Friday, April 06, 2007

Bubbles and Investor Behavior

Now that the real estate boom is so clearly a thing of the past, I wanted to share a little bubble related story and put it into context.

Two years ago, someone I know moved from Southern California to Northern California. That person owned a home in San Diego, and when he moved up here, he decided to keep his existing home and buy another one in Silicon Valley. His thinking was that the San Diego real estate market was too good to miss out on.

Buying a house in Silicon Valley is a tad on the expensive side, and this gentleman could not afford to own two expensive houses while maintaining his existing lifestyle. Unlike others who may be inclined to get into debt to finance their consumption, my acquaintance wisely decided to tighten his budget. He cut his cable service, started eating more home cooked meals, etc. He also decided to cut his expenses further by terminating his life insurance policy.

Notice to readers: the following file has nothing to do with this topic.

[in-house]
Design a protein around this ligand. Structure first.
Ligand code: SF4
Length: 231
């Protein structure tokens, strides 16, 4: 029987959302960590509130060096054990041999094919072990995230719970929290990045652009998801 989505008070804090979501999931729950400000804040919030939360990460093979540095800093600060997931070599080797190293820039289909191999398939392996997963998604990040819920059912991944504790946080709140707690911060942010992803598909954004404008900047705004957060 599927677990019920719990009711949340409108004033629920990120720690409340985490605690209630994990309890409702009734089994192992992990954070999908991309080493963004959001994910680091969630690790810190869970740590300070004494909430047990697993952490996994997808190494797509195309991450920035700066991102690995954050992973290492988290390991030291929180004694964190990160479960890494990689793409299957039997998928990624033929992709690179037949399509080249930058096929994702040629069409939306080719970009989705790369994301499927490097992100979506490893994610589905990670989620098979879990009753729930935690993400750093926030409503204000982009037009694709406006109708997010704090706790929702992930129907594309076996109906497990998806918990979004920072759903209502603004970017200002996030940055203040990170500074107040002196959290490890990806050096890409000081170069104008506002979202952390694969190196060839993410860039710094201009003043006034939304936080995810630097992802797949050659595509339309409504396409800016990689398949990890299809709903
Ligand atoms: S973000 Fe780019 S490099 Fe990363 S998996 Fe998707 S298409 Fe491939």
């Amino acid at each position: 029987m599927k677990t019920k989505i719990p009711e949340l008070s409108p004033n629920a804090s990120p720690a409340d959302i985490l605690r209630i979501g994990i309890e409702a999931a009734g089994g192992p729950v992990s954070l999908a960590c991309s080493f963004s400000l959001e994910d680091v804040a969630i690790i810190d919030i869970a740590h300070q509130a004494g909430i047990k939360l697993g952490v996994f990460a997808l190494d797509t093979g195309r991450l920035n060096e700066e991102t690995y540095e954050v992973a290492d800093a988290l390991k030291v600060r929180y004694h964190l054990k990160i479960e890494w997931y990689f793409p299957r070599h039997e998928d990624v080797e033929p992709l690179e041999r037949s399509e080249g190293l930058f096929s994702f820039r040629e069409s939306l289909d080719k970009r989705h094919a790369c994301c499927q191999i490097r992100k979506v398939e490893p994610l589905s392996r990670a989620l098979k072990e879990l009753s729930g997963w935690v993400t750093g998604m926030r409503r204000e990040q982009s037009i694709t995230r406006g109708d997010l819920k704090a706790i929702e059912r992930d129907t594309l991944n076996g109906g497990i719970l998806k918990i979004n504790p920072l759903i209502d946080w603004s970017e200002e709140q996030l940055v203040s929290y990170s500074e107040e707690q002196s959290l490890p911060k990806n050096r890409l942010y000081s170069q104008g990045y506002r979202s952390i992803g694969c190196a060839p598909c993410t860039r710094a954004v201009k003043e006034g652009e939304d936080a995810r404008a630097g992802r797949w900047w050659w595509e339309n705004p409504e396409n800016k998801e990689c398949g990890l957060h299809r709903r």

Unfortunately, what happened next could have been taken directly from a showtime movie. About a year ago, this gentleman was diagnosed with Cancer. He is fighting hard, he is optimistic, and has every intention of beating the disease, but in retrospect he understands the potentially disastrous consequences of the financial decision he made.

This is an extreme case of investor error escalating into a really bad situation. It amazes me that no matter how many bubbles we go through, there are always people willing to put their financial well being on the line and bet they can beat the market.

The one lesson I think everyone can take away from this story is that even if you decide to go for some risky investments you should never mess around with your financial safety net. Life insurance, health insurance, emergency savings fund and so forth are that safety net. Play with those and you may find yourself in some serious trouble.

1 comment:

Joel said...

Unfortunately, this is only one of what I suspect will be tens and maybe hundreds of thousands of shattered dreams caused by the real estate bubble.

I fear we are about to see a tidal wave of foreclosure which will make the Enron collapse look like child's play.